If you're planning a cruise to Scandinavia and Russia one of the highlights is sure to be an overnight stay in St. Petersburg. Also known as the "Venice of the North," this canal-lined city boasts an abundance of historic, cultural, and architectural sites. One of its most significant cultural attractions is the sprawling state Hermitage Museum a must-see collection of six historic buildings including four museums, a multitude of rooms, and more than three million wildly impressive exhibitions of artifacts, paintings, and statues. One of the largest museums in the world, the Hermitage is so vast that it could take years to explore.
The baroque-style Winter Palace, the largest of the Hermitage's museums, was completed in 1762 under the guidance of Empress Elizabeth Petrovna. Catherine the Great purchased 255 paintings from Berlin in 1764, marking the official beginning of the museum.
The Winter Palace stands at the edge of the Neva River on one side and overlooks the Palace Square on the other side. This Russian museum was the official residence of tsars and their families until the revolution in 1917.
What treasures can you find at the Hermitage? Each building is a treasure in itself; together, they contain the largest collection of paintings in the world.
Treasure #1: The Western European Art Collection
Spanning from the 13th century CE to the present, this collection is so large that it is exhibited in 120 rooms on the first two floors in all four of the museum buildings. If you're partial to the Italian masters of the 1400s–1500s, you'll want to spend time as much time as possible in the 30 rooms of Italian paintings in the Old and New Hermitage buildings.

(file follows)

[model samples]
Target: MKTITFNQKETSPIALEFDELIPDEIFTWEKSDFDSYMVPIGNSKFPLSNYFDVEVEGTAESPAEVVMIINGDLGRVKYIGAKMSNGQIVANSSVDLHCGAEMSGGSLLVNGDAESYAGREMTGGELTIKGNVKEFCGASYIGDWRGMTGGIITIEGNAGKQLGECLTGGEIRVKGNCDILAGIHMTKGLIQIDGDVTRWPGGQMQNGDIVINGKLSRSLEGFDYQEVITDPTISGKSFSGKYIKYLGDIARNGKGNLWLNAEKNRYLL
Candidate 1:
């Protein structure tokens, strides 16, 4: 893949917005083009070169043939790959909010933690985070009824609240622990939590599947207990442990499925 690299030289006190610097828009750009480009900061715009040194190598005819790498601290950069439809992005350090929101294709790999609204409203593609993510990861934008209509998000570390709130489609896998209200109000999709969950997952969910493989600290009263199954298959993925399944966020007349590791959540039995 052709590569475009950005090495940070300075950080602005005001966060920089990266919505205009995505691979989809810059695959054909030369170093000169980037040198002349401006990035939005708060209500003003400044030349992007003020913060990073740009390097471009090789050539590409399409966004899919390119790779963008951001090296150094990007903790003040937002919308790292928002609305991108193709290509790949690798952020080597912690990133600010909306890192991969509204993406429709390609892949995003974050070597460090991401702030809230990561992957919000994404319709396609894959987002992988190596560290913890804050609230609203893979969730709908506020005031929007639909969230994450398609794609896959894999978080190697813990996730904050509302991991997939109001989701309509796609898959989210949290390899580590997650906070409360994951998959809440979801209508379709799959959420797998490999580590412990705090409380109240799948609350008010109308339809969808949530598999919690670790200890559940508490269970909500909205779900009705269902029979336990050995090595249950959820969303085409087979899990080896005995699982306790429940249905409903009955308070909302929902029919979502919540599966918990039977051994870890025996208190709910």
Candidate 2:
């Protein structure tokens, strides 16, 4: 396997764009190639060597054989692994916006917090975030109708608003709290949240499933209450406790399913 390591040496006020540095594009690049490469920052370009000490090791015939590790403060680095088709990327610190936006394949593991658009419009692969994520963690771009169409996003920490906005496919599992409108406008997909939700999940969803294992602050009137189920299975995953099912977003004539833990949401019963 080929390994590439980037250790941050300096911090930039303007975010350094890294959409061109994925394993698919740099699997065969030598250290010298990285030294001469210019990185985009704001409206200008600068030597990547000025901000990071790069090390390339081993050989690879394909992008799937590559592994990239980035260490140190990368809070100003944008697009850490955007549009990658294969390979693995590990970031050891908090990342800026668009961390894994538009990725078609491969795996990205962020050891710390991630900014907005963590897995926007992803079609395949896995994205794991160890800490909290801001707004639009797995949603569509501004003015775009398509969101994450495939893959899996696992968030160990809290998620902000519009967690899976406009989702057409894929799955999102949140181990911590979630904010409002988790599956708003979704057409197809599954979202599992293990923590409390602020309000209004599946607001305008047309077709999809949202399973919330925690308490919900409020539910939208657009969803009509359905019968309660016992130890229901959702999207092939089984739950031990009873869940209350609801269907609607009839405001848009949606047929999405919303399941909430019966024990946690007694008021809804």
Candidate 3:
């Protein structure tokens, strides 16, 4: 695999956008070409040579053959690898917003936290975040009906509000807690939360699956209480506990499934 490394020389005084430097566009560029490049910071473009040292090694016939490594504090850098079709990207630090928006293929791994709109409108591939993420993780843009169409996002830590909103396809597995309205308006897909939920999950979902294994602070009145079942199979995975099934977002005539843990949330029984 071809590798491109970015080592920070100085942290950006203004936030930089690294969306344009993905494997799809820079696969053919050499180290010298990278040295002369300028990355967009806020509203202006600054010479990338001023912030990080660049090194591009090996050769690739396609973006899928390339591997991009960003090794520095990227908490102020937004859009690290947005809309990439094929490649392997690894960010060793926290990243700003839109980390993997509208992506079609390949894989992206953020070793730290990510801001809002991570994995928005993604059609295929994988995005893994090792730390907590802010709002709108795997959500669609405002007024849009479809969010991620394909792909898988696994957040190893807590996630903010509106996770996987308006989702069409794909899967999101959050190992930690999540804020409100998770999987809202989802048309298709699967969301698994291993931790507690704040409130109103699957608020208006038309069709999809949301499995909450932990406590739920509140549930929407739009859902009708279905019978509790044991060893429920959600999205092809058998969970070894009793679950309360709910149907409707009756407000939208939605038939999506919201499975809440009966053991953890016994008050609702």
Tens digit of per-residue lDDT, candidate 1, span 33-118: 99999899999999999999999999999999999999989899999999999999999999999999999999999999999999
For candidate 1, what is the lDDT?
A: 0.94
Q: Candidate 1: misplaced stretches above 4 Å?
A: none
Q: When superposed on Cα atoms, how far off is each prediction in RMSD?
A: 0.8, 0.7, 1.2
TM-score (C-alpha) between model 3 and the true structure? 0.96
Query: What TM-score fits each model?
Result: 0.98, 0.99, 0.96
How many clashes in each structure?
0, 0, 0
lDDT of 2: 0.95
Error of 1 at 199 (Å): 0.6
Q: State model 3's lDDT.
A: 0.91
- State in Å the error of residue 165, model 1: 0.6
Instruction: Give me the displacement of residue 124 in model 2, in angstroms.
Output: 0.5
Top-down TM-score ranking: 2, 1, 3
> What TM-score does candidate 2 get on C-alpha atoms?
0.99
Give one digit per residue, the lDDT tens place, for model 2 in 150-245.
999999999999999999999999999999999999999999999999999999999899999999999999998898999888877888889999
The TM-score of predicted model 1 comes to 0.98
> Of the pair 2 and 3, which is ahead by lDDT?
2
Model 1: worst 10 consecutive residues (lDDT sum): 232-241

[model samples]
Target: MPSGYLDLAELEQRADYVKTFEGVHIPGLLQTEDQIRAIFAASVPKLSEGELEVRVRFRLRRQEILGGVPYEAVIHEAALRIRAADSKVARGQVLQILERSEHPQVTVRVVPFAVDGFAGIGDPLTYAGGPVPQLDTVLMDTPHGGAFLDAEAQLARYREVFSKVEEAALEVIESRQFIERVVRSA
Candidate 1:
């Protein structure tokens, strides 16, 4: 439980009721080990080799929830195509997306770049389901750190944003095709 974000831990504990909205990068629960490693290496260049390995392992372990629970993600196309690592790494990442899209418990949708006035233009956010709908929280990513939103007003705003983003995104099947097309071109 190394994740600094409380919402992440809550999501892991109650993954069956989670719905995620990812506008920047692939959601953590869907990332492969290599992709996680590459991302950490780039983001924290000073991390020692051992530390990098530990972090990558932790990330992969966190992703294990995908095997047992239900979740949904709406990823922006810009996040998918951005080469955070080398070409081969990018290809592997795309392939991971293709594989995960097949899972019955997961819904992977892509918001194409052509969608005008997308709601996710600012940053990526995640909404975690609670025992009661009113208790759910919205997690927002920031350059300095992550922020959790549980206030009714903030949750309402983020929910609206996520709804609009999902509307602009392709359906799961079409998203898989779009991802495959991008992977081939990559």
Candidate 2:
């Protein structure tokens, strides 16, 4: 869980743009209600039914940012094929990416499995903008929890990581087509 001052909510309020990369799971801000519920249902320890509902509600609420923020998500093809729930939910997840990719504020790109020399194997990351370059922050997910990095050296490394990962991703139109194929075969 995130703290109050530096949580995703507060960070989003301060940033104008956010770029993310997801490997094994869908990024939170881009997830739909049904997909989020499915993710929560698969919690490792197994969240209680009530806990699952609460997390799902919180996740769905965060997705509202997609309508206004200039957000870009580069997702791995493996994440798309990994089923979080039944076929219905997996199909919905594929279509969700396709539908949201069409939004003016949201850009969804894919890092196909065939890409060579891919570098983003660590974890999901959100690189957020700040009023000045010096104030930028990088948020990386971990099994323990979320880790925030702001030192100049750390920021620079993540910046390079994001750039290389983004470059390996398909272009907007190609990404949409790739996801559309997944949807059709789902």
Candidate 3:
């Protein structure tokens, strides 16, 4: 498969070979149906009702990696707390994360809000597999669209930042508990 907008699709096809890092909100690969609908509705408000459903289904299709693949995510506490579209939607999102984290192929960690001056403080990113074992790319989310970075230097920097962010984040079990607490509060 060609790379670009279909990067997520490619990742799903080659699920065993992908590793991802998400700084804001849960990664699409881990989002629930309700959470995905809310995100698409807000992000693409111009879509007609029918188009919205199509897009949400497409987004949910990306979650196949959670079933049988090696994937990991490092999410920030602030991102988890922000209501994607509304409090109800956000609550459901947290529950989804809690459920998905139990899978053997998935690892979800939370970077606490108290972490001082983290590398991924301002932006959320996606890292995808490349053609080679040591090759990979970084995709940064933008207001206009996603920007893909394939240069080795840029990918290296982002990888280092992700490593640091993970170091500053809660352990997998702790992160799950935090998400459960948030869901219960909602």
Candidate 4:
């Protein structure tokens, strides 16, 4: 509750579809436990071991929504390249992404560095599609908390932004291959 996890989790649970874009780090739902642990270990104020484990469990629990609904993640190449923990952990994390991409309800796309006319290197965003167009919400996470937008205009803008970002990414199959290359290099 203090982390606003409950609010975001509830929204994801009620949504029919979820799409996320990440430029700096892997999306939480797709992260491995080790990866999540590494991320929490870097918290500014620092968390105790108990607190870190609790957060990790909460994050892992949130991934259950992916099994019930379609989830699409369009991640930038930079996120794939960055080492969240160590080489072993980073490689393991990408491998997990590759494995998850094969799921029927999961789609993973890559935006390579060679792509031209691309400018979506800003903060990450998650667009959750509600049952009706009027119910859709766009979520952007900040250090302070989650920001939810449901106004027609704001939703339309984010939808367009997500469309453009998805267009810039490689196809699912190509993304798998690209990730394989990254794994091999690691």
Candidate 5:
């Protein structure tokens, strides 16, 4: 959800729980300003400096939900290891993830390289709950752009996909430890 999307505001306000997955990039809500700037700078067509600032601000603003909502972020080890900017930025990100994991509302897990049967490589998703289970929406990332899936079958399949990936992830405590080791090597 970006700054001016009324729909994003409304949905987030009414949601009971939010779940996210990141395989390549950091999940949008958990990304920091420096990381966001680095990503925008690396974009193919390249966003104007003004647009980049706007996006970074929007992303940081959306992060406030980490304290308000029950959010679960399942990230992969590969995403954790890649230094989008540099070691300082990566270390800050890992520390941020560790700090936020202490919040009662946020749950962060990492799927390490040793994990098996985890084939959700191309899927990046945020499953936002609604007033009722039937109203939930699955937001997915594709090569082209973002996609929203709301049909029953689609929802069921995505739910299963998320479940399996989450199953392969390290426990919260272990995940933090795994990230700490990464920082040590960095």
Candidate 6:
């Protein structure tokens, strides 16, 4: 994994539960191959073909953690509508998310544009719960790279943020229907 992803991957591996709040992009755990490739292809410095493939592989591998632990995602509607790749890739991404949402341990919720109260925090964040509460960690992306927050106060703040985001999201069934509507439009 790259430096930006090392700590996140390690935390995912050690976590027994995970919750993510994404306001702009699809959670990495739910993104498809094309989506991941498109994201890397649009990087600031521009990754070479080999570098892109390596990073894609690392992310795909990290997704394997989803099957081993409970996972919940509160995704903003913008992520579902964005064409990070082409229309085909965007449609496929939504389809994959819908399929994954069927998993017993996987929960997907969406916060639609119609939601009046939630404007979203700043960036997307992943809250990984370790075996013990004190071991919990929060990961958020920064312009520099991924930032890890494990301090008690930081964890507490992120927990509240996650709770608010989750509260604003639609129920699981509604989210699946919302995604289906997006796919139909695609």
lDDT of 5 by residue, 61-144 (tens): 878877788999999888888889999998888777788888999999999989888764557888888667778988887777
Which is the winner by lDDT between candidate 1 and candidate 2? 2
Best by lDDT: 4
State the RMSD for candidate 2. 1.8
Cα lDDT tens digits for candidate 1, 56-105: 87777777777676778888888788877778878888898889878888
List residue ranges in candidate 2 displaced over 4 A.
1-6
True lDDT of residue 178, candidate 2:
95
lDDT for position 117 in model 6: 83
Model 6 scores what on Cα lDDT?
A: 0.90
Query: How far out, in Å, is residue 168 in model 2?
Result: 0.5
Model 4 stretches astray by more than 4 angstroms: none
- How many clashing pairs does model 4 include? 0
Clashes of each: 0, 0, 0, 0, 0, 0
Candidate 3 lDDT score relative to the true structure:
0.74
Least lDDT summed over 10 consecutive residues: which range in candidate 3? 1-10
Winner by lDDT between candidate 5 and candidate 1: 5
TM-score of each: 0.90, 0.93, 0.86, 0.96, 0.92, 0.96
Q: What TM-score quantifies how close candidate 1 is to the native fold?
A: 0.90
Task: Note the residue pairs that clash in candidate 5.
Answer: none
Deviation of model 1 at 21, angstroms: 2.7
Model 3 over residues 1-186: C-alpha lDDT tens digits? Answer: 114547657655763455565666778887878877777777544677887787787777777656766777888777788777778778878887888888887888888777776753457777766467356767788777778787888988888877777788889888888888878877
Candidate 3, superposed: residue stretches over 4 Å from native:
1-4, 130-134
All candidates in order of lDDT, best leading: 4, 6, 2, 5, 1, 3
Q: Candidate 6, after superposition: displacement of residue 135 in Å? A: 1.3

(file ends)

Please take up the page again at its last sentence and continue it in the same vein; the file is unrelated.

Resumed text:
Within these rooms is the most extensive collection of Renaissance paintings in the world. Get close to masterpieces by such greats as Michelangelo, da Vinci, Raphael, Titian, and Caravaggio. Don't forget to stop by the Impressionists' works of art, too.
Treasures #2 and #3: The Gold Rooms and the Diamond Rooms
Two more treasure troves at the State Hermitage Museum are the Gold and Diamond Rooms. Together, these two rooms comprise the Treasure Gallery. The Gold Rooms contain artifacts from all over Eurasia, from the seventh century BCE through the 19th century CE. On display are more than 1,500 gold artworks.
The Diamond Rooms treat visitors to a time line of the development of diamond jewelry, dating from the present all the way back to 3,000 BCE. Leave the jeweler's loupe at home — these diamonds are encased in thick glass and under lights so bright that you might want to bring along your sunglasses instead.
Treasure #4: The Antiquities
About 106,000 items from the ancient civilizations of Rome, Greece, and the Northern Black Sea coastal region are on display on the ground floor of the New Hermitage. Beginning with items from 2,000 BCE through the fourth century CE, you'll find Roman sculptures, statues, and even a collection of ancient Greek terra cotta figurines.
Treasure #5: Prehistoric Artifacts
If prehistoric artifacts are your thing, visit the ground floor in the western wing of the Winter Palace. Of special interest are the world's oldest knotted-pile carpet and wooden chariot — wheels and all. Also on display are Paleolithic Age figurines carved over 20,000 years ago.
A cruise vacation is a great way to explore this region of Europe. With two-day experiences in St. Petersburg on many Scandinavian cruise itineraries, you'll have plenty of time to see the many attractions, including this one-of-a-kind Russian museum.